Started early with the heat coming up fast.
More hills, more valleys. "If you want to go down you must go up" - Aug!
The views are stunning, the terrain is so unspoiled. Long beaches of perfect sand, mussels and surf llike I have never seen in my life.
We're are disappointed in the promised water supply...villages have community taps of purified water, but the taps are dry.
local spaza only have beer and cocacola. Our supply of water runs low and we turn to coke. ick!
I'm having trouble getting my heart rate to come down. potsi has be grabbing my pack for the uphills and Fernando is looking at me with great concern.
My muscles are fine. Those hours of lunges and squats in boot camp all fall have served me well. But you can't fight genetics.
At one hill I sit and realize that I have broken into a cold sweat, feel lightheaded and am beginning to feel tingling in my hands.
On the last hill I realize that we need to seriously discuss my ability to continue under these condituion,

After the next hill, blessed shade and breezes. At the bottom, a river waits to cool us. I sit under a tree in the shade and don't even mind sharing the spot with a cow pie. It is simply the way that it is here.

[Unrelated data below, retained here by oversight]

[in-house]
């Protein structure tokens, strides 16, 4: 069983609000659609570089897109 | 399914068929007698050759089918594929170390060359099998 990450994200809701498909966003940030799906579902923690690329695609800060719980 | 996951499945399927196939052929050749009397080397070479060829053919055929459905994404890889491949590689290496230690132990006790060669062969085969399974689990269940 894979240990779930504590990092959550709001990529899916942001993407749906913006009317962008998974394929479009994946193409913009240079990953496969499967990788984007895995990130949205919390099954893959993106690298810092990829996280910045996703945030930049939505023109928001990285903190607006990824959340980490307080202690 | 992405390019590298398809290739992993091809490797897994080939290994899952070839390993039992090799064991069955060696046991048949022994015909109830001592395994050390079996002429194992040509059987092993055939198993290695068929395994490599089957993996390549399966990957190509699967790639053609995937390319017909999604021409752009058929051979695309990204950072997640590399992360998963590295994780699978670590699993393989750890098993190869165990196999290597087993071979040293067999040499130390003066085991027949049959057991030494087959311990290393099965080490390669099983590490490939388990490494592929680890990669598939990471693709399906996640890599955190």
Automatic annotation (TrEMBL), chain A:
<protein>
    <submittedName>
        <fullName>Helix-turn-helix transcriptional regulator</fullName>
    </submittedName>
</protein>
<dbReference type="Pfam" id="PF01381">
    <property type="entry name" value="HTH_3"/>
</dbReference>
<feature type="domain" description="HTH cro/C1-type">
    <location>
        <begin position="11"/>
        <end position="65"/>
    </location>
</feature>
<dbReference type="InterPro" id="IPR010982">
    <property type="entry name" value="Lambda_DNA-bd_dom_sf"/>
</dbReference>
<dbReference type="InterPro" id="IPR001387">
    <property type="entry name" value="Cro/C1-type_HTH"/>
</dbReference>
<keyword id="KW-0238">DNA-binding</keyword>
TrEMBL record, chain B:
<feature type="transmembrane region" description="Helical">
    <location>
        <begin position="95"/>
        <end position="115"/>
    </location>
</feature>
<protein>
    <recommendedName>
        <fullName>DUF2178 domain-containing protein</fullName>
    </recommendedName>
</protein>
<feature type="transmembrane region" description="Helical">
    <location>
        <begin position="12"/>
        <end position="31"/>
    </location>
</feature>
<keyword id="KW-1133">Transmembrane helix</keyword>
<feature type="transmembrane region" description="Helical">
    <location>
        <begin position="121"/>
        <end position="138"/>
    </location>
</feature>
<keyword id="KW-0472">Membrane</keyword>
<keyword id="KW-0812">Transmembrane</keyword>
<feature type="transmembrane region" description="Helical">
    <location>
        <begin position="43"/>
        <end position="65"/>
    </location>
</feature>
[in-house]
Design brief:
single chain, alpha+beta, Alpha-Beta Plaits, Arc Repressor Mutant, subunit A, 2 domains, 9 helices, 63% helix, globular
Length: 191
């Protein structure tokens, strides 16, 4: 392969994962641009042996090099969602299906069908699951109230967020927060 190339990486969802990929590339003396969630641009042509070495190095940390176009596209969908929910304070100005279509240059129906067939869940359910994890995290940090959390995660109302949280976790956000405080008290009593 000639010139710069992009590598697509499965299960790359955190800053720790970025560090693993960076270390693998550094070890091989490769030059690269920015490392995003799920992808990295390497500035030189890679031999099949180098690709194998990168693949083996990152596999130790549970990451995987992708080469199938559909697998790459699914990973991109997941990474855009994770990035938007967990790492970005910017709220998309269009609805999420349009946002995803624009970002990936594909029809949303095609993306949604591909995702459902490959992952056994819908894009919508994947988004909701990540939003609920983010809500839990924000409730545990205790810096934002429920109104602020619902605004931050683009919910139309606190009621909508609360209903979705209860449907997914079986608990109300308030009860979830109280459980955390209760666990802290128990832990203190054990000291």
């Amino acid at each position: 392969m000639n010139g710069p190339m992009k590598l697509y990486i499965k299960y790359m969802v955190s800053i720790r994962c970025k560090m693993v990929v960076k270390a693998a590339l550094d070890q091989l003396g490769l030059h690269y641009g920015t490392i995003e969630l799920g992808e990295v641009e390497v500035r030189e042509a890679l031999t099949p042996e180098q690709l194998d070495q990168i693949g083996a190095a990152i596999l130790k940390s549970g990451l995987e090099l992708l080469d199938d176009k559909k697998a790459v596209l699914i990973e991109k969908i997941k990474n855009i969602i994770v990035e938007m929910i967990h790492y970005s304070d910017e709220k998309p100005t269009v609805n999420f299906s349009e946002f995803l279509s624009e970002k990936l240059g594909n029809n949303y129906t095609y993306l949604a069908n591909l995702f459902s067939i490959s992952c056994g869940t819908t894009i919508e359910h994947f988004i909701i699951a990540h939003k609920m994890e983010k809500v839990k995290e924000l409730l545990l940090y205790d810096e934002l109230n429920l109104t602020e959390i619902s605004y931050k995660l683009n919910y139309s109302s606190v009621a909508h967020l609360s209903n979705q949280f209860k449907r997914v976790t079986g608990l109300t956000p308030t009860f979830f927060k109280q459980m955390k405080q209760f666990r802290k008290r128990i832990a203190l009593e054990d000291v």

Our host Christina greets us with a hot cup of tea and home made bread baked in an iron kettle over a fire. A donkey shower consists of a bucket with an on off shower head tap and a rope to hoist it up.. The toilet looks real other than the bucket that you use to open a trap for a direct hole into a outhouse pit. Practiclally five star!

I dropped my camera earlier today and now it looks like all our shots are over exposed. Great Disappointment.

Fresh crayfish and pumpkin greets with a cornmeal hash for supper. Delicious! Christina brings a gift of almost ripe tomato from her garden. Awesome. Her garden is immaculate, corn, pumpkins, chili peppers, marijuana, tomatoes. All happy and healthy. Many of the villiagers grow and fully consume such gardens.

Christina's rondeval is special in that the floor is coated in cow dung. This is a nicer smell than the dirt/dust of the previous one. The floor is sealed by a regular water wash. Now I know why hikers wear kerchief around their neck. A vital part of the wardrobe.

Internet data upload is vey slow, so I'll add a few pics in a separate post.

Posted by travelDIAS 22:56 Comments (0)